As digital advertising continues to grow, we find ourselves with an ever-increasing number of ways that data can be sliced. Different slices or segments, as we find in AdWords, become powerful tools to understand what is truly influencing performance.
For any marketer who is not currently utilizing these segments, I highly advise getting familiar with them. Below you’ll find a comprehensive list of all the segment breakouts.
o Day of Week
o Hour of Day
o Conversion Name
o Conversion Category
Network (with Search Partners)
Device Top Vs. Other
Search Term Match Type [Only found under Keyword Tab]
These segments can help a marketer reduce time and the need to pull reports or jump tabs. This is especially useful in giving a high-level view while identifying current trends without leaving the UI.
Day of Week Use Case
Optimizing for conversion rate? As you can see in the Day of the Week segment, below, we can quickly identify inefficiencies in CVR by day of week and build a new bidding strategy to address it.
Top vs. Other Use Case
Outside of reviewing and identifying optimization opportunities, we can determine, on a deeper level, what is really shifting in an account. As you’ll see in the following Top vs. Other example, we had a complete reversal of impression share for the two types, which greatly changed our CTR when looking at just the UI perspective without segments.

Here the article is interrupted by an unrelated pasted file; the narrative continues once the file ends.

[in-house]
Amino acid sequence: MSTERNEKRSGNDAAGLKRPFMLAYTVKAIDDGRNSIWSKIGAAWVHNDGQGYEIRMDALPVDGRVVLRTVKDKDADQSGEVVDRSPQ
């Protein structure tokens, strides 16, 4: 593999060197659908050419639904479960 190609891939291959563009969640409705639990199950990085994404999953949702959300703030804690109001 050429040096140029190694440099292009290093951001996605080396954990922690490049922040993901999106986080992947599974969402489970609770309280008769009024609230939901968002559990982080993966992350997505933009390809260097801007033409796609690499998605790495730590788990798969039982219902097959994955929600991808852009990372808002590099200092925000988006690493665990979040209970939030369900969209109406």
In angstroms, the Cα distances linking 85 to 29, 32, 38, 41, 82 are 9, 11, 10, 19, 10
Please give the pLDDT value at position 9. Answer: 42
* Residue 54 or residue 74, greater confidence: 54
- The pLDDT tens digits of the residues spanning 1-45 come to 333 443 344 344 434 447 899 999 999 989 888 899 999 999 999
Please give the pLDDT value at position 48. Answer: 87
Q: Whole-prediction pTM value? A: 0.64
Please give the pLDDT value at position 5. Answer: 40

Simply relying on the top-line UI, a person would suppose that recently added ads had failed to beat last year’s ads or that existing ads had lost searcher attention, year over year. This would make sense from the top-line view, where average position and impressions are relatively equal while CTR has decreased by nearly half.
Using this segment, however, you clearly see that CTR has shifted very little within the segments, and the position on Google’s Search layout is the culprit (a lower % of Top ads will naturally result in a lower overall CTR).
I predict that this will be an increasingly important segment as Google continues to test different count ads in the top position (1, 2, 3 ads) with the rest pushed to the right side. This’ll be especially significant for those who manage e-commerce businesses that have to deal with PLAs becoming more dominant in search.
Network (with Search Partners) Use Case
Along the lines of improving your understanding of the account’s performance, particularly year-over-year, we ought to remember the Network (with Search Partners) segment. Search and Search Partners have very different KPIs, which the aggregate perspective will hide.
In this example, we would think search volume has actually dropped 68% when actually it’s 44% for search. What would perplex many marketers is that at the aggregate level the CTR shows improvement, while average position has gone backward. This segment makes it clear why these metrics have shifted; the recent date range, with Search Partners and its lower CTR having been turned off for poor performance, isn’t comparing apples to apples.
These are just three examples of the power that segments give marketers. I encourage everyone to try more than just these on their accounts to obtain quick wins or clarity into performance.